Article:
The U.S. has opened a formal investigation into the potential for Tesla drivers to play video games on a center touch screen while the vehicle is in motion.
In a document posted Wednesday on its website, the agency says the feature, called “Passenger Play,” may distract the driver and increase the risk of a crash.
“To date, the agency has received one owner complaint describing the gameplay functionality and has confirmed that this capability has been available since December 2020 in Tesla “Passenger Play”-equipped vehicles,” a NHTSA spokesman said in an email. “Before this time, enabling gameplay was only possible when the vehicle was in park.”
The probe, which covers all four Tesla models, the S, X, Y and 3, was opened “to evaluate the driver distraction potential of Tesla ‘Passenger Play’ while the vehicle is being driven.” Investigators “will evaluate aspects of the feature, including the frequency and use scenarios of Tesla “Passenger Play.”’
The probe by the National Highway Traffic Safety Administration covers about 580,000 electric cars and SUVs from model years 2017 through 2022.
The NHTSA documents do not list any crashes or injuries caused by the problem.
An investigation can lead to a recall. A message was left early Wednesday seeking comment from Tesla, which has disbanded its media relations department.
Tesla owner Vince Patton, who lives near Portland, Oregon, filed the complaint with the agency last month. In August, he was watching a YouTube video of a Tesla owner who discovered that he could now play a video game on his touch-screen while the vehicle is moving.
Curious to see for himself, Patton drove his own 2021 Tesla Model 3 to an empty community college parking lot, activated a game called “Sky Force Reloaded” from a menu and did a few loops.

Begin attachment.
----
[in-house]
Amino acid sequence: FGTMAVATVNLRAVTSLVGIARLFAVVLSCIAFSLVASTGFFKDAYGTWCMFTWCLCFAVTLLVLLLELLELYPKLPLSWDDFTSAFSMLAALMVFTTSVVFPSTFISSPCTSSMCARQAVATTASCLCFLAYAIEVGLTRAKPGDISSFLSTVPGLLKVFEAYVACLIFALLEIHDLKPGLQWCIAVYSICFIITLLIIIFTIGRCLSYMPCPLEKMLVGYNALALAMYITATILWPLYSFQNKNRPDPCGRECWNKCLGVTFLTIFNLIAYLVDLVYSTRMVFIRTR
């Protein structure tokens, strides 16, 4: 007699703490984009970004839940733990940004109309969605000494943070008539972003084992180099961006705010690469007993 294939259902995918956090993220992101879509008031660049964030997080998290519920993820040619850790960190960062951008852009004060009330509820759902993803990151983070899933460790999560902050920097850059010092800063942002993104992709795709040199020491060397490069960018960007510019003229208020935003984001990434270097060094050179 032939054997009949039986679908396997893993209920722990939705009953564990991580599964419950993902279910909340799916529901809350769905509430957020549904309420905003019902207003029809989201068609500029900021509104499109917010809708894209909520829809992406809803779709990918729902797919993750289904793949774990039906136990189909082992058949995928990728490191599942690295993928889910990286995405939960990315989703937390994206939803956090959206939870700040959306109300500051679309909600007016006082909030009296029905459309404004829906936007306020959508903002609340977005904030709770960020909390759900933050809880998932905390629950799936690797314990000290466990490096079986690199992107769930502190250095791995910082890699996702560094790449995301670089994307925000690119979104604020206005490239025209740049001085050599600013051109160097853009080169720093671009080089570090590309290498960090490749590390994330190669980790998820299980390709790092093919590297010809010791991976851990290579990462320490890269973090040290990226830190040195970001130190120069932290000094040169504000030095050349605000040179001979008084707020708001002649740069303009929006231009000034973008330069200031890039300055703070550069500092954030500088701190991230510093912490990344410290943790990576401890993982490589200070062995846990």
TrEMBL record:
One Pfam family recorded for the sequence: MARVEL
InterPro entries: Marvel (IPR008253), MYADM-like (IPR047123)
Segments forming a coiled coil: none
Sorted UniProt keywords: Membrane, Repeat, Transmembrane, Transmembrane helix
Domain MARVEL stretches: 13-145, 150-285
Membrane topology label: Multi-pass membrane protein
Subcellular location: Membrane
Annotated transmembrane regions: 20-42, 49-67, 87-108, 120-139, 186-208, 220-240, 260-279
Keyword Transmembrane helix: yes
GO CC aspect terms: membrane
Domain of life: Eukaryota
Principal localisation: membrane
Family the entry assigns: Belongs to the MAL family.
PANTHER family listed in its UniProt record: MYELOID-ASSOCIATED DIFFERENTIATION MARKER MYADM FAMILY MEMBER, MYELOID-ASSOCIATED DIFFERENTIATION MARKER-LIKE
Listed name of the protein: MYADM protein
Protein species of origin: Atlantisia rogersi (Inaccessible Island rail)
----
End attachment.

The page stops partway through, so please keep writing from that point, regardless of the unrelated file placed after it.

“I was just dumbfounded that, yes, sure enough, this sophisticated video game came up,” said Patton, a 59-year-old retired broadcast journalist who lives near Portland, Oregon.
He tried Solitaire, too, and was able to activate that game while driving. Later, he found he could browse the internet while his car was moving.
Patton, who loves his car and says he has nothing against Tesla, worries that drivers will play games and become dangerously distracted.
“Somebody’s going to get killed,” he said. “It’s absolutely insane.”
So he filed the complaint early last month.
“NHTSA needs to prohibit all live video in the front seat and all live interactive web browsing while the car is in motion,” Patton wrote in his complaint. “Creating a dangerous distraction for the driver is recklessly negligent.”
Earlier in December, Mercedes-Benz issued a recall for a similar issue caused by a computer configuration error, raising questions about whether Tesla was being allowed to do something that other automakers are not. Most automakers disable front touch screens while vehicles are moving.
In the Mercedes case, drivers could browse the internet or watch television while the cars were moving. The automaker said it intended to disable the features while the cars are in motion. The issue was corrected by updating a Mercedes server.
NHTSA already is investigating why Tesla’s “Autopilot” partially automated driving system keeps crashing into stopped emergency vehicles, and it has inquired about why Tesla didn’t file recall documents when it did an over-the-air internet update in an effort to address the safety problem. It’s also looking into the performance of Tesla’s “Full Self-Driving” software after getting a complaint that it nearly caused a crash.
Tesla says neither system can drive vehicles and that drivers must be ready to intervene at all times.